Home:: What careers are available if you have a Criminal Justice degree?: Phonydiploma.com

What careers are available if you have a Criminal Justice degree?: Phonydiploma.com

If you are intrigued with police work and like to watch shows like CSI, then a criminal justice career might be just the thing for you. According to the Bureau of Labor Statistics, careers in the field of criminal justice are expected to grow 10% between 2008 and 2018.There are many careers available to those that carry a criminal justice degree including: A crime scene investigator who gets to be in the middle of the action at a real crime scene; A criminalist who gets to review important evidence and help agencies like the FBI catch and prosecute criminals; Or, a private investigator who performs jobs such as surveillance on a cheating spouse or investigates insurance claims for an insurance company. 

Crime Scene Investigator
Responsible for carrying out strategic and highly complex investigations, a crime scene investigator keeps a crime scene secure, initially evaluates the scene, and collects evidence from the scene to send to the forensics lab for further testing. After testing and evaluating the crime scene thoroughly, the crime scene investigator then organizes and writes a detailed report of their observations and findings. The crime scene investigator then turns their reports over to the law enforcement agents in charge of the investigation. 

Many of the crimes overseen by a crime scene investigator include home burglaries, property crimes, armed robberies and homicides. The largest portion of a crime scene investigator’s job is taken up processing the crime scene, securely transferring evidence, viewing autopsy photos and being present at briefings with all cooperating police agencies. To work as a crime scene investigator you must have a Criminal Justice degree. Some have found a fast diploma fromRealisticDiplomas.com with an embossed gold seal gives them the extra boost they need to finish their degrees.

Criminalist
In charge of examining physical evidence and using on the job experience and investigative skills, criminalists work at state and regional law enforcement agencies, forensic labs, sheriff’s offices, medical examiner’s offices and even at FBI labs. It is critical that the criminalist sorts, identifies and compares evidence in a way that will be accurate and useful in court or for an investigation. The criminalist’s work may support a witness’ testimony in court or assist in identifying the circumstances surrounding the committing of the crime.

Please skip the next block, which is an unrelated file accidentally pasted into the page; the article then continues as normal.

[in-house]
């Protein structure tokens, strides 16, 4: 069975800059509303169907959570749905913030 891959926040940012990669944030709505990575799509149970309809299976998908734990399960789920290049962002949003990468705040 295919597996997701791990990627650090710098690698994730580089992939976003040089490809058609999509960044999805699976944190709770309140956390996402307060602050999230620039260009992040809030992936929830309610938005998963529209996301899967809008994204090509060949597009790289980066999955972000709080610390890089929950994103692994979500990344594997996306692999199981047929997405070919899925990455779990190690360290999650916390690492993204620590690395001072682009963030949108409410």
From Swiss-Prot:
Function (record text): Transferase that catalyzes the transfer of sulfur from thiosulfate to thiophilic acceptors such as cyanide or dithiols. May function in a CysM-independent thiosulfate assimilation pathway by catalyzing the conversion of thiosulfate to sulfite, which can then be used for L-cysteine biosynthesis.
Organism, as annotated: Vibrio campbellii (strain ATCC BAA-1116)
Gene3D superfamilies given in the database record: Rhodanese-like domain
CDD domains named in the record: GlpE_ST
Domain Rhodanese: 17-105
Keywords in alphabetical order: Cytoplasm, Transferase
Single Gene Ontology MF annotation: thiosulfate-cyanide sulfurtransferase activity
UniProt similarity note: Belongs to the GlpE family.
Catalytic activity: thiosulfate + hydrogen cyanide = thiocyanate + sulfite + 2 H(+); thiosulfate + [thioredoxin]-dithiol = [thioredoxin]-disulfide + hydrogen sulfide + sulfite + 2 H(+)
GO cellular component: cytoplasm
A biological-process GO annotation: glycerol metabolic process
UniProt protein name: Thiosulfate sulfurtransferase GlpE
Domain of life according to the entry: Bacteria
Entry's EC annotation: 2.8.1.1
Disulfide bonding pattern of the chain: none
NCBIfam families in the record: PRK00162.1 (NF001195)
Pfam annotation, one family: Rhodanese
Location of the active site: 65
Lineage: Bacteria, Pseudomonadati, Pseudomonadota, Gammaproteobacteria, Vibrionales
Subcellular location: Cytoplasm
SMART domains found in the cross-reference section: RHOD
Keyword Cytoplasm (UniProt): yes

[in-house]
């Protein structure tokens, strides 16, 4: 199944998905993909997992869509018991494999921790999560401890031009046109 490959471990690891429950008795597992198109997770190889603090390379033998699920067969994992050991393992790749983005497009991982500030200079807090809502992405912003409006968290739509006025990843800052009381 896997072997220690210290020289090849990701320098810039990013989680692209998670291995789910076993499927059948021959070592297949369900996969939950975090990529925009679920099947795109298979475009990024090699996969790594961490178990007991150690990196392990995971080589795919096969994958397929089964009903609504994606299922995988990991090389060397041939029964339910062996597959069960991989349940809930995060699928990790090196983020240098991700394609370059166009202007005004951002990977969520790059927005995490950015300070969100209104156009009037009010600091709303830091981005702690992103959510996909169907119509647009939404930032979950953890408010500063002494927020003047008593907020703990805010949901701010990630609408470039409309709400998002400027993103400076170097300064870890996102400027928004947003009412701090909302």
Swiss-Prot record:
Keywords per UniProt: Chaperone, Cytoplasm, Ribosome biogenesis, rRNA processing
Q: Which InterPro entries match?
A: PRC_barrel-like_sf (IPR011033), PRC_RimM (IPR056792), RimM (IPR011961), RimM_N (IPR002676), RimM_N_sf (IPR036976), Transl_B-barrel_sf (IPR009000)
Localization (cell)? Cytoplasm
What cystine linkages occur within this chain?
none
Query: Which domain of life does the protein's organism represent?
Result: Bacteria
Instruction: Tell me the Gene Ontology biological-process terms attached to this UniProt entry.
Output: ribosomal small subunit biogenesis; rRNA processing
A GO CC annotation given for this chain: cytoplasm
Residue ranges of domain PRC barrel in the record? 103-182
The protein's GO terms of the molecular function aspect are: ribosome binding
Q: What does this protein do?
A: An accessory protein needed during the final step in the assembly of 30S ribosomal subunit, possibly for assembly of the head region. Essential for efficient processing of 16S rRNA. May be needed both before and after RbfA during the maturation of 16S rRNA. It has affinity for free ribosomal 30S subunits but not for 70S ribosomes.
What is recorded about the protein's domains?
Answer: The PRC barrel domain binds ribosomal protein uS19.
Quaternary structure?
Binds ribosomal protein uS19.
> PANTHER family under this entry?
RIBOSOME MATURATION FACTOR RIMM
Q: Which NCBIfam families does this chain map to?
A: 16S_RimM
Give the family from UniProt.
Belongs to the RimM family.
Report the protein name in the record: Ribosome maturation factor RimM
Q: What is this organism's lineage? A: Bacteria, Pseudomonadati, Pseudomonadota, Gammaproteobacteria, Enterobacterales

To become a criminalist, you must have an associates diplomas or a Bachelors degree in forensic sciences or criminal justice. Certification for a criminalist is not mandatory, but many criminalists choose to get certified by the American Board of Criminalists. 

Private Investigator
Through use of special surveillance equipment and the employment of different investigation procedures, the private investigator deduces the facts of a situation so they can report their findings back to the client who hired them. Private Investigators offer a wide variety of services such as physical surveillance, background profiles and premarital screenings. Physical surveillance is a skill that is learned through watching a specified location for hours on end without being seen. Many detectives specialize in one type of investigation such as insurance, marital and premarital, and store surveillance. Private investigators usually are from a police background or have a Criminal Justice degree.

Criminal justice careers are exciting and intriguing for those who can work long hours, have the patience to comb through a crime scene or don’t mind seeing dead bodies up close. Individuals who choose these careers are dedicated public servants who want to see justice served. There are many opportunities out there for those who have an Associate’s diplomas or Bachelor’s degree transcripts in criminal justice.